The hard disk is a mechanical device that rotates and has moving arms. Its performance is thus limited by physical rather than electronic considerations. Although the disk is designed to randomly access files anywhere on its surface, the arms have to jump back and forth when you are reading from one file in one place and writing to a second file on another part of the disk. New flash memory Solid State Disks (SSDs) don’t have moving parts and provide faster access at a supportable price to 32 to 64G of randomly accessed, read-mostly data. Put the operating system here. Then one or maybe two big conventional disks for bulk data storage, such as your video files.

On a laptop, the single slow speed disk may be the performance choke point. Unfortunately, unlike a desktop there is no room to add a second disk. In places where you frequently use your laptop, like home or work, you can add an external conventional disk.

Disk Partitions

A hard disk can be divided into partitions that hold different operating systems or data with different performance or recovery characteristics. When planning the use of multiple disks or migrating your system to a newer disk, it is important to understand the different types of disk partitioning to make the right choices.

Video and Monitors


A computer monitor is basically the same technology as your big flat screen HD TV set, but it is optimized to be sitting two feet away instead of across the room. Because of the common technology, modern computer monitors tend to have resolutions close to, and maybe slightly greater than, the two types, 1280x720 (720p) and 1920x1080 (1080p), of HDTV sets.

In the last few years the integrated video on the mainboard of inexpensive systems has become perfectly adquate for Web browsing and even Blu-Ray movie viewing. Expensive video cards are only useful for gaming.

The Bus


Inside the computer the CPU has to connect to the memory, disks, LAN, and adapter cards. Then outside the computer it has to talk to the keyboard, mouse, and external disks. In the first PC there was a single bus that connected everything together. Over time, specialized circuits and cables have developed to connect different types of devices at different speeds.



Ethernet on the mainboard or through a plug in card connects the computer to other computers and to the internet. Wireless Ethernet is convenient but has a lower maximum speed than wired.

External Devices: USB or e-SATA 


USB connects slow speed (keyboard, mouse, printer, scanner) and medium speed (DVD, TV tuner, Web cam) devices to your desktop or laptop. External SATA allows a SATA disk to be stored in a cabinet external to the computer and yet operate at the full 300 MB/s speed of an internal disk. The USB 2.0 standard in wide use today hits a maximum data transfer rate at about 40 MB/s, but a new USB 3.0 standard is appearing that will allow external disks to connect at full speed. However, since you can already do this with e-SATA, you do not have to wait for USB 3.0 to become widely available.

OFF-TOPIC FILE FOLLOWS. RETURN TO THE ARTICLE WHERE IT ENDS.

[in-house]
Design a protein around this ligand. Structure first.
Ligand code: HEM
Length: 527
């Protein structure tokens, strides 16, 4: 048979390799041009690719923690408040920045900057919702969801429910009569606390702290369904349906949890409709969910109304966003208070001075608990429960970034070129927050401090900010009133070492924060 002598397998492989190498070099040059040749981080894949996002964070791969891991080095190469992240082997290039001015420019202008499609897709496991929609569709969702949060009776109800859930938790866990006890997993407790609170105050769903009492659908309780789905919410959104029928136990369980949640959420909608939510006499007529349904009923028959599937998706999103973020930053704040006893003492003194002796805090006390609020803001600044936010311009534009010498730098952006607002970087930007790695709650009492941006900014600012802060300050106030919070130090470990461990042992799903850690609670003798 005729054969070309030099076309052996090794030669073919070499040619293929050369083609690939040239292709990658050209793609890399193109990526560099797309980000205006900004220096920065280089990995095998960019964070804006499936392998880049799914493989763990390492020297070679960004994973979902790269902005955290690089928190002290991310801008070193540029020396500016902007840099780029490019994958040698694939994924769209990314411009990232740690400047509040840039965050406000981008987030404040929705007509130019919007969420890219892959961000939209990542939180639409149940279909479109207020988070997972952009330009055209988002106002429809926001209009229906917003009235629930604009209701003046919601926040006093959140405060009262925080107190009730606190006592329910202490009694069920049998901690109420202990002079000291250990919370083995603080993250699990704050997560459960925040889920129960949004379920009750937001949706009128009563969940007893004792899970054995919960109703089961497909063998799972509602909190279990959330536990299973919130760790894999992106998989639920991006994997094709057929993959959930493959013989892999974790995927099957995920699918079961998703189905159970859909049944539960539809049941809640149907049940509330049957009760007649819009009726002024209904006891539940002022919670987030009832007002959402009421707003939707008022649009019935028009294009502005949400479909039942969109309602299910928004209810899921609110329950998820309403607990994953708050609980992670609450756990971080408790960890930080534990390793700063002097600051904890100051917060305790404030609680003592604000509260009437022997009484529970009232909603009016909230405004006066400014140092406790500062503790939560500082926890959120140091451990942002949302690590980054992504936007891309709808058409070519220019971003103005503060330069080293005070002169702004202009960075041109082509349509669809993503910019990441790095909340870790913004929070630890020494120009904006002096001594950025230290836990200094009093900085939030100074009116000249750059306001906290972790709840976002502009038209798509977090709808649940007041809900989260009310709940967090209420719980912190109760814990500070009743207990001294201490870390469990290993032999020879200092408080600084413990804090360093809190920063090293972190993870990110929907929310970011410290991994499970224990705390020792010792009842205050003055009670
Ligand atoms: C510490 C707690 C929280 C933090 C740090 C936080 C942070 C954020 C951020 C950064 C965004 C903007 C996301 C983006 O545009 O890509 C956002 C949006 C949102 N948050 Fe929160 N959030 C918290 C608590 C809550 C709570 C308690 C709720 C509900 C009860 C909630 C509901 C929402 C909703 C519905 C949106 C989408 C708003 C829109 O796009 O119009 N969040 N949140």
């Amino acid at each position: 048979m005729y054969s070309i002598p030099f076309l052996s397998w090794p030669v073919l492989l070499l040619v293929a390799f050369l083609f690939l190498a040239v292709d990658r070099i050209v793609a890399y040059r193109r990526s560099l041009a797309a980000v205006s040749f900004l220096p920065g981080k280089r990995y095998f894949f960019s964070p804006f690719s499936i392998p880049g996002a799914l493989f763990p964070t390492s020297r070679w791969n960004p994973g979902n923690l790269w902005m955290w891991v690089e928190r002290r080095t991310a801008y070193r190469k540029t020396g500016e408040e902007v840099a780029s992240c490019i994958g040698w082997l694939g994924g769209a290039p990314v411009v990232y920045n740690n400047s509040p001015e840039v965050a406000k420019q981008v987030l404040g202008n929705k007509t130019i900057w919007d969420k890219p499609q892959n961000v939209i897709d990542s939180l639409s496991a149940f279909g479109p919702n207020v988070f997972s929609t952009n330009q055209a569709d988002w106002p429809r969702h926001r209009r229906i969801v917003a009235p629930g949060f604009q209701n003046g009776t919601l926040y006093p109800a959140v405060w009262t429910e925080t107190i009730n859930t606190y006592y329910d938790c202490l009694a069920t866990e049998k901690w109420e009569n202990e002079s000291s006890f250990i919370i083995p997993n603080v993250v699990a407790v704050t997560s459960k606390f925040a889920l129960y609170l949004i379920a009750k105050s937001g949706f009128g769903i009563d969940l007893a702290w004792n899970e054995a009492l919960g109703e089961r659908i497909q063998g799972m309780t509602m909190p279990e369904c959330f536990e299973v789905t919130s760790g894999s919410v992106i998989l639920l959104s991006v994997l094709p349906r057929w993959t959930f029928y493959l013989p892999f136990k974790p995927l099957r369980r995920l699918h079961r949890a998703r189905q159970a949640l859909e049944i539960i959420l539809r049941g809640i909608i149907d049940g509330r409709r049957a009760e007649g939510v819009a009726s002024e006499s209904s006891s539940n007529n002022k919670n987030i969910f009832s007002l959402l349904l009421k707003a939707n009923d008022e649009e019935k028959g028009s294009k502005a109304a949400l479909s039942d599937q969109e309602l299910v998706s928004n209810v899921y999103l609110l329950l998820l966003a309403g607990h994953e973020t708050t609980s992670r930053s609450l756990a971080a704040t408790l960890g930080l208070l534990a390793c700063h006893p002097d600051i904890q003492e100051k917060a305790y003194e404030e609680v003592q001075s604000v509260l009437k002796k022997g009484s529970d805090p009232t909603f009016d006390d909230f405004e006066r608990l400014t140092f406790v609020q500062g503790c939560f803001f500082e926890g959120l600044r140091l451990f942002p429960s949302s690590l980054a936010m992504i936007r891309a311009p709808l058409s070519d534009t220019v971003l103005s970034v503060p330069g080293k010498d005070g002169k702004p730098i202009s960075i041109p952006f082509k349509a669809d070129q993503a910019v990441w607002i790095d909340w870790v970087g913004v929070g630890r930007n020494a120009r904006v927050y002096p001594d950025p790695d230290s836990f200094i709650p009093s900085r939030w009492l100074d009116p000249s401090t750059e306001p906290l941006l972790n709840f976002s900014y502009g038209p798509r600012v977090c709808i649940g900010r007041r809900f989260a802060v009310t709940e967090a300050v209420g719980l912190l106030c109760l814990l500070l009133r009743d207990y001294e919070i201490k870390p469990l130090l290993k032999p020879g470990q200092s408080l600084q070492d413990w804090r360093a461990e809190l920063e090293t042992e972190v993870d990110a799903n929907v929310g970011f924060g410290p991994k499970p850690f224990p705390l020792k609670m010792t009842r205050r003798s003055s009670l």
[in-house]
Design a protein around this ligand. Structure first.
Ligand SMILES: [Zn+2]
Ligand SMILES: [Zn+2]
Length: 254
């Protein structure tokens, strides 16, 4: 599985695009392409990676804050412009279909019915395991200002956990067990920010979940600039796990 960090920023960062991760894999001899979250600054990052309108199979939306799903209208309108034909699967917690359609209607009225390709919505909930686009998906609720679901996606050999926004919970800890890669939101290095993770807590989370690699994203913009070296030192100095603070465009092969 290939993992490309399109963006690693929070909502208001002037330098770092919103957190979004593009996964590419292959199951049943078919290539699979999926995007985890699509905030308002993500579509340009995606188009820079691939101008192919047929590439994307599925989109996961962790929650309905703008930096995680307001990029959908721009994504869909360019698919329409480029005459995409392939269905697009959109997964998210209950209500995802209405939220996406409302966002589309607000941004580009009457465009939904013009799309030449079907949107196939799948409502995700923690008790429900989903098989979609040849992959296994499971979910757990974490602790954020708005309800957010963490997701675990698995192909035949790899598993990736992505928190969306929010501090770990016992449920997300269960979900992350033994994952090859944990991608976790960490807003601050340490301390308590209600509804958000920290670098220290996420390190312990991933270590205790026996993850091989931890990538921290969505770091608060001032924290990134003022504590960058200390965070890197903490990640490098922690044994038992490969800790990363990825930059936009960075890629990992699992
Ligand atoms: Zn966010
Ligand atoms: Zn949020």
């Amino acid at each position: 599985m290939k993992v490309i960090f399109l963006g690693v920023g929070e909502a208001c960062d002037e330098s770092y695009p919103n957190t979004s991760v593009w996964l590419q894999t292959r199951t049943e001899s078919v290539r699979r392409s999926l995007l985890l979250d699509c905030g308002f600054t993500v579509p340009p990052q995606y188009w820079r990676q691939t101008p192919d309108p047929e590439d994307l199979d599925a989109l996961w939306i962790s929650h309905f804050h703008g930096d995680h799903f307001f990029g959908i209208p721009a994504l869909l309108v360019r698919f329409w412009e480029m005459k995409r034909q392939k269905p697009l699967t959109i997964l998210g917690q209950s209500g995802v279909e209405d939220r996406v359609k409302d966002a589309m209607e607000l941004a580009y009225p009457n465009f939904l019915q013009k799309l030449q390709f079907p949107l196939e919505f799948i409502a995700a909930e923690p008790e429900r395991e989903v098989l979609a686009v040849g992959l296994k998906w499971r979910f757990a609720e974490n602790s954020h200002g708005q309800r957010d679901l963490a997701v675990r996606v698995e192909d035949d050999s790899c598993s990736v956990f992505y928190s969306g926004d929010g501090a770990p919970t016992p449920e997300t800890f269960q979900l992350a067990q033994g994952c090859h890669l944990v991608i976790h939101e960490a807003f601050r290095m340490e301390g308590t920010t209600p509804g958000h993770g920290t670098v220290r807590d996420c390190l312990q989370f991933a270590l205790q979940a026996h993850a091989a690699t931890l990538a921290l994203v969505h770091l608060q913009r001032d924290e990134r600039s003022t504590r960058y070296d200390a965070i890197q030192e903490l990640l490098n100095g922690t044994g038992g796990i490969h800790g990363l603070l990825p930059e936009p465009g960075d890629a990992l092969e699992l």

Duo to Quad


A Dual Core laptop or desktop is perfectly adequate for business and ordinary home use. A third or fourth core only helps out when you are doing specific tasks, like encoding video. Servers support hundreds of concurrent users, and so they can use as many cores as they are given. However, a laptop has only one user and most applications can only use one core.

The GPU (Specialized Processors)


The CPU is a general purpose processor that can run any kind of program and perform any function. You need one CPU and maybe can use a second on a desktop or laptop. Beyond that, the only need for additional processing power is during specialize tasks (video games, encoding recorded HDTV programs) where there are a small number of intense operations that must be continouously repeated. Instead of adding additonal general purpose processors, Intel and AMD can add specialized processors that just perform the specific functions needed to perform the few applications in which an ordinary home user can require extra power. Because specialized processors can be 10 or 20 times as powerful as a general purpose processor at performing these specific functions, this is a resonable design.